The day of the concert with all its preparation, the emotional fulfillment, the joy of sharing with an audience, the joy of (also) playing for myself, the amount of thoughts generated in the practice and then the freedom of the moment when you are on stage...

CD releases?

I have released three CD’s, the first two with pianist Isolda Crespi Rubio for Numerica and Falaut Labels, where we recorded works from Prokofiev, Poulenc, Debussy, Dutilleux, Bonis, Andersen, among others.

On the last CD, that I recorded with pianist Lorenzo Soulès and the Geneva Chamber Orchestra, for Claves label, we recorded the C Major Vivaldi piccolo Concerto as well as the Nielsen Flute Concerto, chamber works from Schubert and Jolivet, and a contemporary japanese solo piece by Fuminori Tanada.

For now, I am working on some ideas for an eventual next release.

What are your goals personally?  Professionally?

I always try to be a better human being and a better musician. I truly believe that being a good person affects positively my playing. So, for the future, I hope I can evolve each day.

What inspires you the most in life?

The nature, a kind action when I observe one, my family and my close ones. I would say that love is the most inspirational thing for me regarding everything.

What has been your greatest challenge professionally?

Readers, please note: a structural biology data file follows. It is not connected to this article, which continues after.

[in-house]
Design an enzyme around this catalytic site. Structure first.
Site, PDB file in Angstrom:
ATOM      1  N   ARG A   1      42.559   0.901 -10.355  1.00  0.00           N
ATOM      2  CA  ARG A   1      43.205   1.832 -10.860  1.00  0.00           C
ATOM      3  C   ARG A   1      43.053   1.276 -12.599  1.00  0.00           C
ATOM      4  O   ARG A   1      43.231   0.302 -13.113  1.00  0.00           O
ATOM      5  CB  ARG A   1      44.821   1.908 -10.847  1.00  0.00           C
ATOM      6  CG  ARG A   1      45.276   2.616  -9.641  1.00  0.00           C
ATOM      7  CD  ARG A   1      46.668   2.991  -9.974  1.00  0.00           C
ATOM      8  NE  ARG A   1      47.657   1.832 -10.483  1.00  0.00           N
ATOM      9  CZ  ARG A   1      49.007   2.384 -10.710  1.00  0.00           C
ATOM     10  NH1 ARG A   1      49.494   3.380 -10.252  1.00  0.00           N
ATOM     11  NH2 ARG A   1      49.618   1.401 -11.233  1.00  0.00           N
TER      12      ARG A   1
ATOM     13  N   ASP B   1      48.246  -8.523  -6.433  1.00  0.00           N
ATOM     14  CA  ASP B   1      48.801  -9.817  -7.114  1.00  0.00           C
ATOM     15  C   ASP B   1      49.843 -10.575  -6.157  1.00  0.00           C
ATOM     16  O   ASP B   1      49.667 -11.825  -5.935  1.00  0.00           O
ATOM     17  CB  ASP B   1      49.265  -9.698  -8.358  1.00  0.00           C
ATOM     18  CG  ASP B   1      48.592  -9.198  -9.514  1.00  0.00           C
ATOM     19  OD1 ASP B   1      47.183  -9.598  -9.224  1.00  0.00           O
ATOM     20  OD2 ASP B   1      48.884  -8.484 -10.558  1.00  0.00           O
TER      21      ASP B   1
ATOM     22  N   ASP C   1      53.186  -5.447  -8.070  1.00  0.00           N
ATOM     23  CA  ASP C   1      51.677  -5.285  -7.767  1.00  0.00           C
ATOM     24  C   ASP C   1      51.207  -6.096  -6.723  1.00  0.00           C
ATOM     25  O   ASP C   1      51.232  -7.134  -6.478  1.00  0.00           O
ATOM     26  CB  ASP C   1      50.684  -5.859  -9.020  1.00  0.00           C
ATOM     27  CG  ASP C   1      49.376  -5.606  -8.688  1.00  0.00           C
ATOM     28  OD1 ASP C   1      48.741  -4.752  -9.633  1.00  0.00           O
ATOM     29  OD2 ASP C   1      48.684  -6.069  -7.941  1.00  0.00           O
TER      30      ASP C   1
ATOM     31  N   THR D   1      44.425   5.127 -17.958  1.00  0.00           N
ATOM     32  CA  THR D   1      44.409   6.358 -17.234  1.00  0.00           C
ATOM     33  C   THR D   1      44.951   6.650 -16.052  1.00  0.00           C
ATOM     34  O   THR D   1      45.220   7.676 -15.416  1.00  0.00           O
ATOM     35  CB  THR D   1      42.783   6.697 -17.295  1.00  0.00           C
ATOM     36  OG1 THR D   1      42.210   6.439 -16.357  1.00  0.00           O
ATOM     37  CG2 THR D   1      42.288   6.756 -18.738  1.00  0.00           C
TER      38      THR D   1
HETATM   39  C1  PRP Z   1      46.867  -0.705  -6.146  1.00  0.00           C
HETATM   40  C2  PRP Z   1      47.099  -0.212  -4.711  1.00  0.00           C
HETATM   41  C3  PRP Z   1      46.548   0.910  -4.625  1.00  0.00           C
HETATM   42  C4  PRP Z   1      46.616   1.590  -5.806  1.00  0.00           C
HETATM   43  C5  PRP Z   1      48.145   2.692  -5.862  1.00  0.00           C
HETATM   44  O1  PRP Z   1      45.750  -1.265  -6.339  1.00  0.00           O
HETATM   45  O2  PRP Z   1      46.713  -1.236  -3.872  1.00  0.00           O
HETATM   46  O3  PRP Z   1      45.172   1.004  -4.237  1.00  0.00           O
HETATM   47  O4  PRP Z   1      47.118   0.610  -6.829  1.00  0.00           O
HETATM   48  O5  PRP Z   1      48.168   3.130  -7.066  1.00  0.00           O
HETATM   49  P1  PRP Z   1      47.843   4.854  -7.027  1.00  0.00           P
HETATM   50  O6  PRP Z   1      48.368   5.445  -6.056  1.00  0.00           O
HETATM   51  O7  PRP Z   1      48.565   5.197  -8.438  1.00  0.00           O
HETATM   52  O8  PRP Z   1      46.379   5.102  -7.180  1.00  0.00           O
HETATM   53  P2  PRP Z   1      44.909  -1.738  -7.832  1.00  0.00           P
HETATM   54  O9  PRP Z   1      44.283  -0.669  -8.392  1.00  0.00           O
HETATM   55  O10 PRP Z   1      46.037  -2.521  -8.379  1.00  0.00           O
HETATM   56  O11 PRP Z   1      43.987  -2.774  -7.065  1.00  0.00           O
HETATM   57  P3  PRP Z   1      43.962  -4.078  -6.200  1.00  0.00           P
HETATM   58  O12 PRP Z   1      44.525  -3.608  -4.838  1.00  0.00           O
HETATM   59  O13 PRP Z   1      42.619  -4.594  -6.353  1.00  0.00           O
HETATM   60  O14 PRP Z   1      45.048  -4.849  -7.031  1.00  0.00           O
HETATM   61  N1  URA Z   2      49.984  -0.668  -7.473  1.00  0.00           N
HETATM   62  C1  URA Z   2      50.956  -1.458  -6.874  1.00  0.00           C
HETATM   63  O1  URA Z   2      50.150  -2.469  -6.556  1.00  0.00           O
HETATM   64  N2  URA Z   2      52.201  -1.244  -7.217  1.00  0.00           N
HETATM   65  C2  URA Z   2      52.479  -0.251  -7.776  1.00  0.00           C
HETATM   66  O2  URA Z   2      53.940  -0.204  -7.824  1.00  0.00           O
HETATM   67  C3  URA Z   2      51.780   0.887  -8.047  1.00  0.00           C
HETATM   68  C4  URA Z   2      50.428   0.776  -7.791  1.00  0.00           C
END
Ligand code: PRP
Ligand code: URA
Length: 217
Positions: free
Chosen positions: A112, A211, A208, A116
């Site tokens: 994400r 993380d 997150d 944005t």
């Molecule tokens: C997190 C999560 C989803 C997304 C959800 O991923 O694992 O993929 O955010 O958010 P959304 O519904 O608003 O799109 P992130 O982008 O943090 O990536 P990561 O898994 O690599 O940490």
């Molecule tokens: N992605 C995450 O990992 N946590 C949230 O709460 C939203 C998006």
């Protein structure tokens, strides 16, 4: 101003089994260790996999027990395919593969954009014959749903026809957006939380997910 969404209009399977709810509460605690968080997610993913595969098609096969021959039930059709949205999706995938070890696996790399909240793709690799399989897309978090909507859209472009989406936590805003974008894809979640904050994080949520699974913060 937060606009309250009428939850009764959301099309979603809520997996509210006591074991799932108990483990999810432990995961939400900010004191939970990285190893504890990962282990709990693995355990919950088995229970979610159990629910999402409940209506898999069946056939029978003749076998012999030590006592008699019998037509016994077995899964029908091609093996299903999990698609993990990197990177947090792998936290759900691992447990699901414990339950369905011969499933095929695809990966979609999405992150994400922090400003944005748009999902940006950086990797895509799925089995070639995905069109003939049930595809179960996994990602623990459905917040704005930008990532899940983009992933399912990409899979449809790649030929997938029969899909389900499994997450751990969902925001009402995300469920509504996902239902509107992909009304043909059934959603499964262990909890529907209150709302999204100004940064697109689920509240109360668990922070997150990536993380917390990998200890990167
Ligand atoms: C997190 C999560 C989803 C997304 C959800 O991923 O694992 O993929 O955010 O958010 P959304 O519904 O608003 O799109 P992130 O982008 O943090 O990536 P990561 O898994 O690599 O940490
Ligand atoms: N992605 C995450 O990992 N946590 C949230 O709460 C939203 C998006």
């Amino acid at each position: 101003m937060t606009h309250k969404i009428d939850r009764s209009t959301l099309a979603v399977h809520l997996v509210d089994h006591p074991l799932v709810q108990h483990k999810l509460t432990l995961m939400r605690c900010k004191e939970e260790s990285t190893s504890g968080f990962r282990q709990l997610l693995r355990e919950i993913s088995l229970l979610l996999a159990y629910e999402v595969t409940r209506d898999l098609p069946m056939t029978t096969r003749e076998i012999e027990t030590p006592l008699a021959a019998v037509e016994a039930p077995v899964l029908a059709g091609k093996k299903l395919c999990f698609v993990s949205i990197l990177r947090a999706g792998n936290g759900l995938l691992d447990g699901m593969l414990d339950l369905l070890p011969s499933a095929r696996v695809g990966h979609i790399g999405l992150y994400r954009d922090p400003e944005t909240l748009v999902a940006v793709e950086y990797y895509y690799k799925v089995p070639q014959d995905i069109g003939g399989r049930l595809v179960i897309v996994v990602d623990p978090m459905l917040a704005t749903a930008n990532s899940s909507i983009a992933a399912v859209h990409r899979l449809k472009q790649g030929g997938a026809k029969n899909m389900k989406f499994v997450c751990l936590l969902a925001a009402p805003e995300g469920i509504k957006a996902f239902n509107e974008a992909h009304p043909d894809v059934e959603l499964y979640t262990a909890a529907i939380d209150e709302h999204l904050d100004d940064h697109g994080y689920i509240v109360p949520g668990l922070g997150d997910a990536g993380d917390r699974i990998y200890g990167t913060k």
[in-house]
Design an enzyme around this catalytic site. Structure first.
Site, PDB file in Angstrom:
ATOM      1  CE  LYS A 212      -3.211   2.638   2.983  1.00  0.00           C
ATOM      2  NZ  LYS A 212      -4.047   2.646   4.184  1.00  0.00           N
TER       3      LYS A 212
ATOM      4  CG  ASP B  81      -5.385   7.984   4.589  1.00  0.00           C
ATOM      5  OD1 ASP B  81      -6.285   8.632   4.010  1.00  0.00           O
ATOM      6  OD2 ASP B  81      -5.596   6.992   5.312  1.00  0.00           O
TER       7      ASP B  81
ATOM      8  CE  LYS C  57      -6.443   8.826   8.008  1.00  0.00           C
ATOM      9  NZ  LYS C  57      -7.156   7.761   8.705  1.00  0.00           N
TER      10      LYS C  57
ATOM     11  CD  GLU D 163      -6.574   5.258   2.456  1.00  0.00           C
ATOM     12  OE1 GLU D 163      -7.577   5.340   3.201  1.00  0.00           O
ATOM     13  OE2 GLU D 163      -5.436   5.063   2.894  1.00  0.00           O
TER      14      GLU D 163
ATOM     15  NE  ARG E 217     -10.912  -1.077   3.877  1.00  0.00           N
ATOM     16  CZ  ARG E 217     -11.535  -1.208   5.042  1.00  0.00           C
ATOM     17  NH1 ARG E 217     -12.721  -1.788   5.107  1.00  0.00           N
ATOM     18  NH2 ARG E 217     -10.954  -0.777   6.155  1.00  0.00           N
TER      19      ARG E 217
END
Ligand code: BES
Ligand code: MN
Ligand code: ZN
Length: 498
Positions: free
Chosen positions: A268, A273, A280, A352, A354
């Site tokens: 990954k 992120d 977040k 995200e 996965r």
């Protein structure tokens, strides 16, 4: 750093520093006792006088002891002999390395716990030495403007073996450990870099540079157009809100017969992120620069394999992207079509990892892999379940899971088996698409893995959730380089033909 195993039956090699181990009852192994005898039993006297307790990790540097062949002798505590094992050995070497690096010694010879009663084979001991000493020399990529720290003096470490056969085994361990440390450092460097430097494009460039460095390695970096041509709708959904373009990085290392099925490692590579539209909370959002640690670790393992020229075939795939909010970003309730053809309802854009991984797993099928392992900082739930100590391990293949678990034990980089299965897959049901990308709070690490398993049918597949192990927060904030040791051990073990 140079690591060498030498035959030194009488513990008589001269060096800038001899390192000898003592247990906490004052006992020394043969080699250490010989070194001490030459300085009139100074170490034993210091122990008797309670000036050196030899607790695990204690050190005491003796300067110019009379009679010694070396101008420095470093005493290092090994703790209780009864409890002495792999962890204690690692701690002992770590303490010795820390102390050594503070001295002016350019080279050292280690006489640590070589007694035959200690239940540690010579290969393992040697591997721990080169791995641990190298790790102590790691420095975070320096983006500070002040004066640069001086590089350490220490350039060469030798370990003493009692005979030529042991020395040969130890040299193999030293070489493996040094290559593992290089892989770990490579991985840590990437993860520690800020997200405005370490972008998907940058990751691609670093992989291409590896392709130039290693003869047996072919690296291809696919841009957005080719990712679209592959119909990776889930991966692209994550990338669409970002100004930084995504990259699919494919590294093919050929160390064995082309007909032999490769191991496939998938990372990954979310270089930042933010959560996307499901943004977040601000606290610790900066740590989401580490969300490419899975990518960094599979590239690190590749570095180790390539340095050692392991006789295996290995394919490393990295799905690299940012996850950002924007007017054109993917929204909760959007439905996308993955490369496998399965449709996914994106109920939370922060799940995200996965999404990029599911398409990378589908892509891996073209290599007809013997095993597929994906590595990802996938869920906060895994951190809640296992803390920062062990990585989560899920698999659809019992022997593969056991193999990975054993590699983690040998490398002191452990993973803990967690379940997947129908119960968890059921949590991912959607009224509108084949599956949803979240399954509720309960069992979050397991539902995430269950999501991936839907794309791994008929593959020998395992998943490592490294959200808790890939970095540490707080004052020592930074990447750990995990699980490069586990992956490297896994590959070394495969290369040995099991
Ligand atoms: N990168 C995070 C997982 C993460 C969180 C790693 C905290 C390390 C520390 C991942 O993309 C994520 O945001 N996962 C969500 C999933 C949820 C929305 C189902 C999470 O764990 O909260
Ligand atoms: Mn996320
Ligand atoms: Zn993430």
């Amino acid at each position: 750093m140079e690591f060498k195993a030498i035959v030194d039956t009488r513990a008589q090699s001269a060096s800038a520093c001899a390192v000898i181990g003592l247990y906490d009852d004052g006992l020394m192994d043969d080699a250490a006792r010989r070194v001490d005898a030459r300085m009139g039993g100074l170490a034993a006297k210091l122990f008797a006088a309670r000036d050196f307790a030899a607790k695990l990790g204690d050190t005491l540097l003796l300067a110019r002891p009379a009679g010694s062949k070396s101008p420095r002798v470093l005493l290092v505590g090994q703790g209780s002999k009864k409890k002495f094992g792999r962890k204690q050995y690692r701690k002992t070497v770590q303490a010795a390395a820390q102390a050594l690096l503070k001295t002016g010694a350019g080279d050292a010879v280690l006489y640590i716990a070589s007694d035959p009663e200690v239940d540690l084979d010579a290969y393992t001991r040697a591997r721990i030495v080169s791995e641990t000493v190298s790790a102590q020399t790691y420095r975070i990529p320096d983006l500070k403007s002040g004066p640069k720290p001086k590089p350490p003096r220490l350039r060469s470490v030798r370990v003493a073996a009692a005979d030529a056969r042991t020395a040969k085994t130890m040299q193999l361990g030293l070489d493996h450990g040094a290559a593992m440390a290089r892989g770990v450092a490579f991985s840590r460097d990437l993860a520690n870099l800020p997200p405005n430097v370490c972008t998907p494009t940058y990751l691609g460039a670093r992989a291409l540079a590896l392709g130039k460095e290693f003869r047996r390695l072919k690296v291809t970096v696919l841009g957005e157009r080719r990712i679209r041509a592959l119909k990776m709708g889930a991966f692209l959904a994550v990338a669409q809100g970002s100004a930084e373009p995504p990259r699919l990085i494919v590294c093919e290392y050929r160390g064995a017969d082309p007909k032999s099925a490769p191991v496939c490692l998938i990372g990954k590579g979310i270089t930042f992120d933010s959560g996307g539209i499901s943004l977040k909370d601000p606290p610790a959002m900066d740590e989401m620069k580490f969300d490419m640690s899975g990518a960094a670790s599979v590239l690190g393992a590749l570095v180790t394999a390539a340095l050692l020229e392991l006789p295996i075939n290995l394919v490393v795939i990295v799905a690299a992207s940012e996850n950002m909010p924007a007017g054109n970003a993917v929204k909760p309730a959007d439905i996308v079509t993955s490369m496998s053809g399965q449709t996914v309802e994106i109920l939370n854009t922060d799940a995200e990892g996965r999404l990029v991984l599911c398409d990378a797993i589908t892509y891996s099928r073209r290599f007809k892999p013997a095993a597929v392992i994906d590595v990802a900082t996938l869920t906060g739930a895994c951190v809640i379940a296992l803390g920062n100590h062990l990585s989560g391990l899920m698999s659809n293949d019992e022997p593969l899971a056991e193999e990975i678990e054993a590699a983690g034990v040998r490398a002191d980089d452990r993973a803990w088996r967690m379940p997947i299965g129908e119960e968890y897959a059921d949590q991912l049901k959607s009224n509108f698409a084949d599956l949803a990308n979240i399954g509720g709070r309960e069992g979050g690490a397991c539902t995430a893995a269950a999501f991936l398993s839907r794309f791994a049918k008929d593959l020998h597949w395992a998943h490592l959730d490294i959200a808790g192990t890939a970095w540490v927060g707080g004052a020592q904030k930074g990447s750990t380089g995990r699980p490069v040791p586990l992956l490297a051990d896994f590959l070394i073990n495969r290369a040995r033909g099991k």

Changing from one orchestra to another, the necessity of learn how a group interacts  musically, the research for the sound that better fits in the group, the kind of articulation, the volume... Every orchestra has its own tradition and habits, and you’ve got the responsibility to always give priority to the group rather than yourself when you are in there, and that’s a big challenge when you’re a new member.

What has been your greatest challenge personally?

My greatest challenge personally has been moving from country to country for professional reasons. It all started ten years ago, when I left Portugal to study in Paris. Then, I lived in Berlin, in Rotterdam, and now in Rome. I absolutely love to travel, but moving from a country to another is something else... it requires time, organization, learning a lot about the new country and always being far from my family, among other things. At the end, it is a spectacular positive challenge, I think in ten years I have learnt a lot.